Thinking about these imaginative playthings, I am reminded of the architect/artist/designer Ettore Sottsass who produced a series of simple pencil drawings of symbolic cities that depict a utopian landscape in 1973, probably around the same year that Brooke and I would make our battle drawings. The Vietnam war was raging on and war was in the air. It’s probably why the TV got turned off.

“Concerned with the deterioration of urban life, Sottsass used the series The Planet as Festival to depict a utopian land where all of humanity is free from work and social conditioning. In his futuristic vision, goods are free, abundantly produced, and distributed around the globe. Liberated from banks, supermarkets, and subways, individuals can “come to know by means of their bodies, their psyche, and their sex, that they are living,” he said. According to his ideas, once consciousness has been reawakened, technology could be used to heighten self-awareness, and life would be in harmony with nature.”1 Reflecting the counterculture of his time, Sottsass illustrated these ideas as cities and buildings.


Ettore Sottsass, The Planet as Festival: Study for Temple for Erotic Dances, project (Aerial perspective and plan), 1972–1973 MoMA

Related Links
1. www.moma.org/collection/works/923

2. https://socks-studio.com/2011/09/08/ettore-sottsass-jr-the-planet-as-a-festival/


Join me for a workshop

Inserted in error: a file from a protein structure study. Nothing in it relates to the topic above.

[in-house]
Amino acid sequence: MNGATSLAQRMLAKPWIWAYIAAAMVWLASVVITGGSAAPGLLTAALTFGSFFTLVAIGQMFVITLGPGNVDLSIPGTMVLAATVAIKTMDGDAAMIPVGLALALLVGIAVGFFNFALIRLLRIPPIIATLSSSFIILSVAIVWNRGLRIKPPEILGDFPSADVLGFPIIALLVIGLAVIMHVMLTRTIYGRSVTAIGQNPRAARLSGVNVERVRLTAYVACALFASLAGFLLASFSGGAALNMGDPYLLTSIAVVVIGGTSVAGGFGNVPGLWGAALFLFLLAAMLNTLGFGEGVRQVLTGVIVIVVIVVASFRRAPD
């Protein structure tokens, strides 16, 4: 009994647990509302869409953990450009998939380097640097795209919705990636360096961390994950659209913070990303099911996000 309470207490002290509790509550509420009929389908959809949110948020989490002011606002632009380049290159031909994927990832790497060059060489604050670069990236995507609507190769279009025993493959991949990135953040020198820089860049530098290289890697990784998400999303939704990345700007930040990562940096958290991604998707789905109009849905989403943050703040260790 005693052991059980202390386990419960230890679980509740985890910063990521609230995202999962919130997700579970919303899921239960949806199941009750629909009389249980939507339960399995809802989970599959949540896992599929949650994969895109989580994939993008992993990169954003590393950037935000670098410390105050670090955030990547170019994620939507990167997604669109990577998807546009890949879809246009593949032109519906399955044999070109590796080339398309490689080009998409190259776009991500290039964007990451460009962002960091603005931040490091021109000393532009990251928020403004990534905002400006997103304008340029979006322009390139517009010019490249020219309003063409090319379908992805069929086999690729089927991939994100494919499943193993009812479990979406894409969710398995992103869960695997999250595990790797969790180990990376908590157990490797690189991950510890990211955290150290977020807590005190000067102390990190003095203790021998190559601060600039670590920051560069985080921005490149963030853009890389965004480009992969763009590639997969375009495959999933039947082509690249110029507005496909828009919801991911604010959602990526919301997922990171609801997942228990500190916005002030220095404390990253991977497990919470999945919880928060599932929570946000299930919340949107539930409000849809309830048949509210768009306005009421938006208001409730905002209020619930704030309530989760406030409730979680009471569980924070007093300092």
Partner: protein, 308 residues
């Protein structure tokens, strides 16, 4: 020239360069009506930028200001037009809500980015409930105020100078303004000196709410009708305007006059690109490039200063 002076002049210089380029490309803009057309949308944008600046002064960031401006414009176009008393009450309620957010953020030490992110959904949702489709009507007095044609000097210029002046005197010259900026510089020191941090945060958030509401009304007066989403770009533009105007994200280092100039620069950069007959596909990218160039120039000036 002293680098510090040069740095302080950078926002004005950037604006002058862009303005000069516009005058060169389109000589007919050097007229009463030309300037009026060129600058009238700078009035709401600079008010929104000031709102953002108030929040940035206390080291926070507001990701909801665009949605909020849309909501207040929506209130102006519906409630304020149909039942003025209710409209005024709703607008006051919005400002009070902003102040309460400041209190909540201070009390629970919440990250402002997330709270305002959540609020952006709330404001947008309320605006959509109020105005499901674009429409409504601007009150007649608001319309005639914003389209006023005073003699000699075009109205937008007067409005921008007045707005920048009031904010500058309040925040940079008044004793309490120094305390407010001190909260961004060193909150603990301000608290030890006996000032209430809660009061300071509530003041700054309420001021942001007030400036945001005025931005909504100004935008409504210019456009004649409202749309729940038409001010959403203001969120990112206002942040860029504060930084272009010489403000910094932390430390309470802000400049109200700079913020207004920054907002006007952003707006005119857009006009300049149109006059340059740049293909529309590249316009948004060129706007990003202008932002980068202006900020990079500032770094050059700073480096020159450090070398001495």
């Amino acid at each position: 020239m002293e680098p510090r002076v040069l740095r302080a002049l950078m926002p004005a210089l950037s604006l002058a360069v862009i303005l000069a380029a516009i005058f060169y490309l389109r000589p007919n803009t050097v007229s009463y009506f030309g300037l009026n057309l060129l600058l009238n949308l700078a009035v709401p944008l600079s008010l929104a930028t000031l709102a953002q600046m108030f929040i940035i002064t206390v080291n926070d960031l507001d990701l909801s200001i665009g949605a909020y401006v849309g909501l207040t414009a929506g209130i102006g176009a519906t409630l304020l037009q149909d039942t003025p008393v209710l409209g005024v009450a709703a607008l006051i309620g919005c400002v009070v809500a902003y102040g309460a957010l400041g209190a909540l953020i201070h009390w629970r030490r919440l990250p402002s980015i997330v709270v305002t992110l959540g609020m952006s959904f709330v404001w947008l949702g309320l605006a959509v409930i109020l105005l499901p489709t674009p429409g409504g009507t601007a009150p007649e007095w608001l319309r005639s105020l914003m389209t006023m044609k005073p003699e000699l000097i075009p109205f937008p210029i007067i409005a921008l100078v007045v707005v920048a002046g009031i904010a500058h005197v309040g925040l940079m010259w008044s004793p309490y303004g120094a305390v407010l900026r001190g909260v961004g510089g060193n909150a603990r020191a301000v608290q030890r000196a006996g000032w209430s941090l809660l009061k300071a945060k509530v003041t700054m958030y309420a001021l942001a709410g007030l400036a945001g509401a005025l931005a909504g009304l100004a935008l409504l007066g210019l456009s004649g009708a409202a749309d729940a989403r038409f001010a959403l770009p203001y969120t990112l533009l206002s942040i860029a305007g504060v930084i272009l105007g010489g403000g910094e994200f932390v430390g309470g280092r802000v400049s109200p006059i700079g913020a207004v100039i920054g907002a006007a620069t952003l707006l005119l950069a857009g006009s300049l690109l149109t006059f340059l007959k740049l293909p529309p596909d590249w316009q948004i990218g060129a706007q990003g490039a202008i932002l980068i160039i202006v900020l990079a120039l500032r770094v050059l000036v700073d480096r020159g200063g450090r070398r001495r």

This spring I’ll be teaching with Greenwich House Pottery on Tuesday evenings 6-9:45pm AND I’ll be leading a series of studio visits and exhibitions on Wednesday afternoons from 2-4pm in NYC exploring ceramics.

Classes start the week of 5 April 2023.


I will also be teaching a throwing workshop in Brooklyn with ArtShack on Fridays 5-7pm, class starts on May 5, 2023 – Jun 23, 2023. It’ll be fun. Drop by this great community studio and make some pots with us.



This spring Greenwich House Pottery has asked me to lead a new class Out On The Town, a study group of art and ceramics enthusiasts. We will be visiting artists’ studios and exhibitions in New York City. We began last week with a visit to several gallery exhibitions including a solo exhibition of Zachary Leener’s new ceramic sculptures titled “Clock, go inside a stone,” on view until April 22, 2023. Go see it. It’s a wonderful collection of wacky forms, reminiscent of baby prams (the artist and his wife are new parents, according to Henry, the gallery associate who was kind enough to talk to our group, Thanks for your hospitality Henry!). Leener’s work has a unique visual vocabulary that includes a sculptor’s attention to interior and exterior form, surface, color and texture. His use of inclusions are a delight and surprise when you get up close. His haptic sensibility and simplified silhouettes remind me of some of the cartoonish forms of late Phillip Guston, as well as more obvious influences such as fellow west coast ceramists Ron Nagle and Ken Price. Go see this show before it closes.

Clock, go inside a stone
Zachary Leener
Derek Eller Gallery
300 Broome Street
New York, NY 10002


Ceramic sculpture by Zachary Leener at Derek Eller Gallery

BTW, the easter bunny is a drag queen

In light of all the anti gay, anti trans, anti woman, anti choice, right wing crypto fascist crap-fest happening in the united states, I’ll defer to Lady Bunny at Wigstock.